Brené inspires millions around the world to live genuinely and powerfully through vulnerability and wholeheartedness. What I appreciate so much about Brené is that she gives us permission to look at ourselves and believe that we are, as she puts it, ‘enough.’
Rich Social Worker Suze Orman
“People first, then money, then things.” – Suze Orman
It’s often a surprise when people find out that legendary fiscal guru Suze Orman is a trained social worker – it definitely was to me.
While it’s true that Suze has never held a social work post, it’s clear that much of her social work training has informed her approach to financial counsel for the masses. In fact, she holds no professional degree in financial management but has found a way to parlay her passion – helping people increase their wealth – into social work-worthy interventions, and all while building a fortune for herself. Between her books, TV show, financial courses and now credit card, Suze has amassed a fortune in products, services, and endorsements.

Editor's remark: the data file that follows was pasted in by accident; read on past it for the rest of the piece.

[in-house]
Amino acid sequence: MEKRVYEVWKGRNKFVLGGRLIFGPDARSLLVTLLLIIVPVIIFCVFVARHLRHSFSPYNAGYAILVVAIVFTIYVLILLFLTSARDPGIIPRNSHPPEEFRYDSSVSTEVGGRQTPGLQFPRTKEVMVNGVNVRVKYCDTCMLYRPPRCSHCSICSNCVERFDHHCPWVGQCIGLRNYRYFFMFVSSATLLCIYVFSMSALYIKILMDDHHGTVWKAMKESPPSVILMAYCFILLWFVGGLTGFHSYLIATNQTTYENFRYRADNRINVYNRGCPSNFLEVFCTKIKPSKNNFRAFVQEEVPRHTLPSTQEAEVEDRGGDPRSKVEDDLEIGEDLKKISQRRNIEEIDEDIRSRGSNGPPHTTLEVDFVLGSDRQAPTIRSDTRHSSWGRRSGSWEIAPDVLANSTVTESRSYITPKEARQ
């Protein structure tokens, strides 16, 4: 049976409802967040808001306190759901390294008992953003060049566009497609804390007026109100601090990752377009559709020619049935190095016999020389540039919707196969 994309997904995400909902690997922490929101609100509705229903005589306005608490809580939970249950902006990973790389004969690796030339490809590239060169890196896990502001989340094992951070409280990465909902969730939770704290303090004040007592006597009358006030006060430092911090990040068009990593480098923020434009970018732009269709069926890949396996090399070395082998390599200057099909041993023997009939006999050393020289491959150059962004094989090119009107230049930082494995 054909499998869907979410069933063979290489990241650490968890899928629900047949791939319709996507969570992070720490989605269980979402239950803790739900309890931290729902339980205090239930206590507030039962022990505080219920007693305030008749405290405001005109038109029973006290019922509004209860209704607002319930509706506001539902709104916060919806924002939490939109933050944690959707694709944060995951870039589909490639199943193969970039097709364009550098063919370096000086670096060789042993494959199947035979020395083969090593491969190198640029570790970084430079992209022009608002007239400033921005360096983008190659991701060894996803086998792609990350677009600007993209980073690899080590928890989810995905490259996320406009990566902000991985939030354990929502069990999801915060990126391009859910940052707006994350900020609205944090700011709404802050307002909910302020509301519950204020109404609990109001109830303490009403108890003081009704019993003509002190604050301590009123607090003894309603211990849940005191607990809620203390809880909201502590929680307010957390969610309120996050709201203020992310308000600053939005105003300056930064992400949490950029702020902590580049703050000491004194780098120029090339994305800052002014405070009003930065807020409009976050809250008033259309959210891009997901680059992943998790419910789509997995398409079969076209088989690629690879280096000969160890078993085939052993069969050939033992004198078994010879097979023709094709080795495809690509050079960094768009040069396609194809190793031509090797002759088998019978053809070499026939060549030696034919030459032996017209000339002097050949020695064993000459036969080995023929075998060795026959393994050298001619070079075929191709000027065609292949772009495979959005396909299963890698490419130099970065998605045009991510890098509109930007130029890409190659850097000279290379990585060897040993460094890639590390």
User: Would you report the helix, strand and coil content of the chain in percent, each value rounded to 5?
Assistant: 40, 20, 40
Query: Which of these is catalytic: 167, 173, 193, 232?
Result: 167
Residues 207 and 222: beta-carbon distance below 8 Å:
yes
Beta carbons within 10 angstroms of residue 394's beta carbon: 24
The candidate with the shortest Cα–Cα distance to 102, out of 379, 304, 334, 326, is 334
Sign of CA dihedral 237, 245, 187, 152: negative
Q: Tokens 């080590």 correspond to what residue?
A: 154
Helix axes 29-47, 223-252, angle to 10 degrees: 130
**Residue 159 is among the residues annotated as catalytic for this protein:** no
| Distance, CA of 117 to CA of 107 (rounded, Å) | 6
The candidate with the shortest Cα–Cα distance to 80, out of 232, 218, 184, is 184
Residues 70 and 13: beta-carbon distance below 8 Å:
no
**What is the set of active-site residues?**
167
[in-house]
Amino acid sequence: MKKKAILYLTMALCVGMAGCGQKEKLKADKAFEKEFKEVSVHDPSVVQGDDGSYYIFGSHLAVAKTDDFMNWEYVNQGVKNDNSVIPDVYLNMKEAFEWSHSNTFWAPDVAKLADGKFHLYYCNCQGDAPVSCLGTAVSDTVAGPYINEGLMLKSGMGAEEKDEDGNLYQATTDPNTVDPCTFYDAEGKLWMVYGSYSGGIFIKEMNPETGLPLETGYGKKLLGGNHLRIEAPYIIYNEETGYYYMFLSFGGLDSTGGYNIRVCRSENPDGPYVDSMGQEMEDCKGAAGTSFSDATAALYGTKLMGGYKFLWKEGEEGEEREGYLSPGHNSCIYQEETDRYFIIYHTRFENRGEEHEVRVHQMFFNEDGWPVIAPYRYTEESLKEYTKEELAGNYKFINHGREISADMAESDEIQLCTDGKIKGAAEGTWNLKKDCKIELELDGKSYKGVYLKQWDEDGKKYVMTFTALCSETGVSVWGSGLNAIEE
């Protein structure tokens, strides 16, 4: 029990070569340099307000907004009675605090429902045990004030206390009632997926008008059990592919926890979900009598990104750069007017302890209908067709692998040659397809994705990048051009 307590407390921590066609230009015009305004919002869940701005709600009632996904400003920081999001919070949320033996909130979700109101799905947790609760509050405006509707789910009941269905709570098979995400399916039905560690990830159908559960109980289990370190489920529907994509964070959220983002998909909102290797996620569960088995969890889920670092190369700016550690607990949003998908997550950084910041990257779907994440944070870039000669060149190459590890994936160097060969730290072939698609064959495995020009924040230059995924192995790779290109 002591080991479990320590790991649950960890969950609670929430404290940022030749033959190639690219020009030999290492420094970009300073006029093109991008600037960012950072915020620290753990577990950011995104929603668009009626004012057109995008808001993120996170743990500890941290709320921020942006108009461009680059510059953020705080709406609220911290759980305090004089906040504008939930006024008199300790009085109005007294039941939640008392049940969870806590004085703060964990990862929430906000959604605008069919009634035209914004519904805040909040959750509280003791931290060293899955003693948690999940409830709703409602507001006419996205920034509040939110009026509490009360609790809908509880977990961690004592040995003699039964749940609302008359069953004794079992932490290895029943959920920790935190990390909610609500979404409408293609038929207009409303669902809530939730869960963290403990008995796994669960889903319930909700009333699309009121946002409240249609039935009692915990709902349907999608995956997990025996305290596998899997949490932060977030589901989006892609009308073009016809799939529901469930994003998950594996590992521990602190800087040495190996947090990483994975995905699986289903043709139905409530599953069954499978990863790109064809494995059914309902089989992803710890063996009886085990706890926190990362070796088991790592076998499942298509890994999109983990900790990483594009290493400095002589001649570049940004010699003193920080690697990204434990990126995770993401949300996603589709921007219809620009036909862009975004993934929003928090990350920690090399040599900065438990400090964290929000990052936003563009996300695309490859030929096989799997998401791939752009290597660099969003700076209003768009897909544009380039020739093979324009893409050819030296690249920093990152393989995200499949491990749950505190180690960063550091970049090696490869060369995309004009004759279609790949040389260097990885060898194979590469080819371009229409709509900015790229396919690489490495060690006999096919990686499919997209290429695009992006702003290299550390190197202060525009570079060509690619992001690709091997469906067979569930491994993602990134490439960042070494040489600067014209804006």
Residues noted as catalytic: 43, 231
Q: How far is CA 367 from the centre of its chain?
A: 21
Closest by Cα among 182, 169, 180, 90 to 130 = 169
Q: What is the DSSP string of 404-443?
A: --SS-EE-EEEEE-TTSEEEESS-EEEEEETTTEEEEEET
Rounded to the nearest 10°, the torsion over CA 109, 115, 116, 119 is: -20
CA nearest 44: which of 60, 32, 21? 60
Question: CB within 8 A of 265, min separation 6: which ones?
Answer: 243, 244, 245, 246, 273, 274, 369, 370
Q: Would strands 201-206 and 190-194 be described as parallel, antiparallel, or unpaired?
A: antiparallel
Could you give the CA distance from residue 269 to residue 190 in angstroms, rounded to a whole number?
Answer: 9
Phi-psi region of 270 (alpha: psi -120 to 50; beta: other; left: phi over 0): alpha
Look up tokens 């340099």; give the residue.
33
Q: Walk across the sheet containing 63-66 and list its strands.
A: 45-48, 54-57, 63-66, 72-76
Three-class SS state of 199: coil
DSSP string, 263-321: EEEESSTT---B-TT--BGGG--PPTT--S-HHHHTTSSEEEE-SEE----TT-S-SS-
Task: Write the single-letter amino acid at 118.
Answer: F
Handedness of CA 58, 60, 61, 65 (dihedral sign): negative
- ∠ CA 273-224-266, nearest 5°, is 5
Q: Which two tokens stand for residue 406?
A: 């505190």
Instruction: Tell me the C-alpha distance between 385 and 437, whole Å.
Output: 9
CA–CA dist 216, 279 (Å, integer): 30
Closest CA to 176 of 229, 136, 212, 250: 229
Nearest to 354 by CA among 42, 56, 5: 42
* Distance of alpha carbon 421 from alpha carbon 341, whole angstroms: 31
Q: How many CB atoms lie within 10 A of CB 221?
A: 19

So how did she get rich?
Lesson #7: Get Your Financial Education On
It’s no secret that Ms. Orman has a pretty good grasp on wealth creation and money management, but it wasn’t always that way.
In her mini-autobiography, she explains that when she entered the arena of wealth management at nearly 30 years of age she had to learn an entirely new discipline.
After having received a lump sum of money to start a restaurant, she was advised to open a money market account with Merrill Lynch. She not only followed this advice but during the months that followed she paid attention to what her investment broker was doing with her initial investment. She also read Barron’s and The Wall Street Journal for financial investment news and taped stocks and options prices to her bedroom walls.
Suze didn’t just take a cursory interest in money – she immersed herself in the world of wealth creation. And like any good scholar, she hasn’t stopped learning since.
Lesson #8: Get Out of Your Comfort Zone
Suze admits to feeling terrified when she began working as a broker at Merrill Lynch. Her new job exposed her to an entirely new world filled with words and concepts formerly inaccessible.